wikileaks ico  Home papers ico  Cables mirror and Afghan War Diary privacy policy Privacy
2008-02-11 06:52:00
Embassy Kinshasa
Cable title:  

Final Interim Technical Committee meetings in Bukavu and

pdf how-to read a cable
DE RUEHKI #0143/01 0420652
O 110652Z FEB 08
						UNCLAS SECTION 01 OF 04 KINSHASA 000143 




E.O. 12958: N/A
SUBJECT: Final Interim Technical Committee meetings in Bukavu and

Ref: Kinshasa 124





E.O. 12958: N/A
SUBJECT: Final Interim Technical Committee meetings in Bukavu and

Ref: Kinshasa 124

1. (SBU) Summary: Vice-Admiral Etumba, who is likely to continue to
play a leading role in the military commission created by the Goma
accords, pressed ahead with interim meetings with armed groups in
Bukavu February 4-5, CNDP in Goma February 6 and other armed groups
in Goma February 7. All parties were confused by the presidential
decree February 2 establishing a "Peace Program" for the Kivus.
Armed groups, especially the CNDP, objected to not being consulted
in advance; Mai Mai groups objected to "special treatment" for the
(Tutsi) CNDP and FRF. Etumba could not fully explain how the
structure he was advocating during his interim meetings would fit
into the "Peace Program." But he pressed ahead anyway, and
succeeded in gaining acceptance from all sides, with many caveats.
End Summary.

2. (SBU) Naval Forces Chief of Staff Vice-Admiral Didier Etumba
extended his stay in North and South Kivu well beyond his original
expectations February 4-7, carrying on with his effort to "sell"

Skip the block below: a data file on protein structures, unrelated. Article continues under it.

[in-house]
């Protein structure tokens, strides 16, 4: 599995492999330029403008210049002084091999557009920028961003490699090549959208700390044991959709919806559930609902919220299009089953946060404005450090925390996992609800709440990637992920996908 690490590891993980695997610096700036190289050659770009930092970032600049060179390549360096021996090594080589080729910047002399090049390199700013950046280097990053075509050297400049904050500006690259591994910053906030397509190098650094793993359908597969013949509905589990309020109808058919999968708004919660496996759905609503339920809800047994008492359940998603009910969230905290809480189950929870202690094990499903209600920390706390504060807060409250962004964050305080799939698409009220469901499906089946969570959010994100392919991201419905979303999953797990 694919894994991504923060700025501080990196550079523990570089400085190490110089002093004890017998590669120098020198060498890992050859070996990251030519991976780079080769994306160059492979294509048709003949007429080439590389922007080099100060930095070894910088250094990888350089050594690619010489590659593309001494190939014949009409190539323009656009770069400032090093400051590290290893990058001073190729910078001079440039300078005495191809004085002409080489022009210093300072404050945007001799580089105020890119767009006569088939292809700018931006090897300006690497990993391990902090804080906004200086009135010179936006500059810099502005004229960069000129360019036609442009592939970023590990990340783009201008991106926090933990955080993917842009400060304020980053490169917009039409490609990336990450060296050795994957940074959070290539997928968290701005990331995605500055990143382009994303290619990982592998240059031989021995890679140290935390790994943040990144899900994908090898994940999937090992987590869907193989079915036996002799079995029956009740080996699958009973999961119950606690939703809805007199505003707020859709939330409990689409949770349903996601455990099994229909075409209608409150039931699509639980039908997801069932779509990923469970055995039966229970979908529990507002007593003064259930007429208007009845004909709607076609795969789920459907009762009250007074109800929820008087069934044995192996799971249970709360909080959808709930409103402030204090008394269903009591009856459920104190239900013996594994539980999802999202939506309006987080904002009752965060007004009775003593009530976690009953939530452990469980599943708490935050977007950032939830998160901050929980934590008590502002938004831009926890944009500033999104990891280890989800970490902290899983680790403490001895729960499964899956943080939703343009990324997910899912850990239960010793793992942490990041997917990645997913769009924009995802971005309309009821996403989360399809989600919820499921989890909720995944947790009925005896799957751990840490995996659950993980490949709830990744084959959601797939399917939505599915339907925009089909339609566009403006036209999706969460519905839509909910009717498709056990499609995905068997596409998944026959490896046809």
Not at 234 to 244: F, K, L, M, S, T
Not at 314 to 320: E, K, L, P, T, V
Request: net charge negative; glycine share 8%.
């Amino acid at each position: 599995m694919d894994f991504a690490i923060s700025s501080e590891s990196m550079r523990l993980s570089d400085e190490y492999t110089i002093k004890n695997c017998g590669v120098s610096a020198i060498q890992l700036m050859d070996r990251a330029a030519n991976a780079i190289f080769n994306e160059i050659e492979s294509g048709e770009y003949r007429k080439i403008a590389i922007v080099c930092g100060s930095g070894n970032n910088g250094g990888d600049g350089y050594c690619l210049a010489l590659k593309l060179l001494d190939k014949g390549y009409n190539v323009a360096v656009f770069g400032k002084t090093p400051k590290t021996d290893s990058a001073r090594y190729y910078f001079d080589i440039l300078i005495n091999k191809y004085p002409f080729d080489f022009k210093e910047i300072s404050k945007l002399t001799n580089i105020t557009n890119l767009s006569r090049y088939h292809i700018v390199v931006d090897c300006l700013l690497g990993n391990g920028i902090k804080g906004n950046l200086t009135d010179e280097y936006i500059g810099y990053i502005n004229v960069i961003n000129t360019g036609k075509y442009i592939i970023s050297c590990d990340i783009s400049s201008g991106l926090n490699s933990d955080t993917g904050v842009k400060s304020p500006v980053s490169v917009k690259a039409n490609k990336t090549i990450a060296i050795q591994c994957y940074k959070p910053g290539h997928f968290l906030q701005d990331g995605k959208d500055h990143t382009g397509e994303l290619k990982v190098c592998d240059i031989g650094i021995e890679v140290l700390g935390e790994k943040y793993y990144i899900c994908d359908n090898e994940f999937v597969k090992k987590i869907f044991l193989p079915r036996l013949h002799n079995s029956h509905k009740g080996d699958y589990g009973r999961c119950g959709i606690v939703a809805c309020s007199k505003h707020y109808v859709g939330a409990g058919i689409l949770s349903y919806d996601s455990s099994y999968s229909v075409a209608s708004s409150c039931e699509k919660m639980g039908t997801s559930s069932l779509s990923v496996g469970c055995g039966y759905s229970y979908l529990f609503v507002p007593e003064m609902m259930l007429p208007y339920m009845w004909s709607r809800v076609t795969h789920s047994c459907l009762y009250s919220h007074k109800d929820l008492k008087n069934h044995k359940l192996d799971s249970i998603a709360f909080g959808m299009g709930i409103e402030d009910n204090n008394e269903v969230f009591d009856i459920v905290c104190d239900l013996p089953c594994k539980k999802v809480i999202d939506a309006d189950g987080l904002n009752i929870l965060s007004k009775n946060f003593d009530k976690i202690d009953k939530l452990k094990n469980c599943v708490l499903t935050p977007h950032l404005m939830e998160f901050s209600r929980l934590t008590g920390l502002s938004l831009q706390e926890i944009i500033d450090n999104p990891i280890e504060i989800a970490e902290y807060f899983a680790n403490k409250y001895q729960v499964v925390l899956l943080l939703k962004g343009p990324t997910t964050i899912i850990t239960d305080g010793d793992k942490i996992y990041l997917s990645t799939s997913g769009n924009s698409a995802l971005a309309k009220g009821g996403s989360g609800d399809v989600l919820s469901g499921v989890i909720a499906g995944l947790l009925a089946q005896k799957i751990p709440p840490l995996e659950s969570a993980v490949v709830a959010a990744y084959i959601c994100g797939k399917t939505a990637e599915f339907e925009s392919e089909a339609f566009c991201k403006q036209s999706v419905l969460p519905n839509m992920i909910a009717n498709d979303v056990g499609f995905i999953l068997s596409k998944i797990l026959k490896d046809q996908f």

armed groups on a structure and timetable for the Peace and Security
Technical Commission called for in the Kivus conference Acte
d'Engagement of January 23. The anticipated visit of a senior
political figure to participate in this effort never materialized,
so Etumba carried the burden alone. (Note: Interior Minister Denis
Kalume and National Assembly President Vital Kamerhe turned up with
a delegation in Bukavu February 5, but were there to inspect damage
from the February 3 earthquake. End note.)

3. (SBU) Etumba thought he had squared away the North Kivu armed
groups in meetings January 28-31, but CNDP reopened debate and
Etumba conducted another meeting with them February 6, and with the
others February 7. He had met South Kivu armed groups, minus the
Banyamulenge FRF, in Goma on February 2 and gained their preliminary
acceptance (sweetened by handing over $10,000). However, he deemed
it necessary to meet all the South Kivu groups in their own
province, which he expected to accomplish February 4.

4. (SBU) Meanwhile, without forewarning to any party in the Kivus
including Etumba himself, President Kabila issued a decree February
2 elaborating a "Programme Amani" (Peace Program) for the Kivus.
Articles 9-12 of the decree sets up the Mixed Peace and Security
Technical Committee as contemplated by the Acte d'Engagement.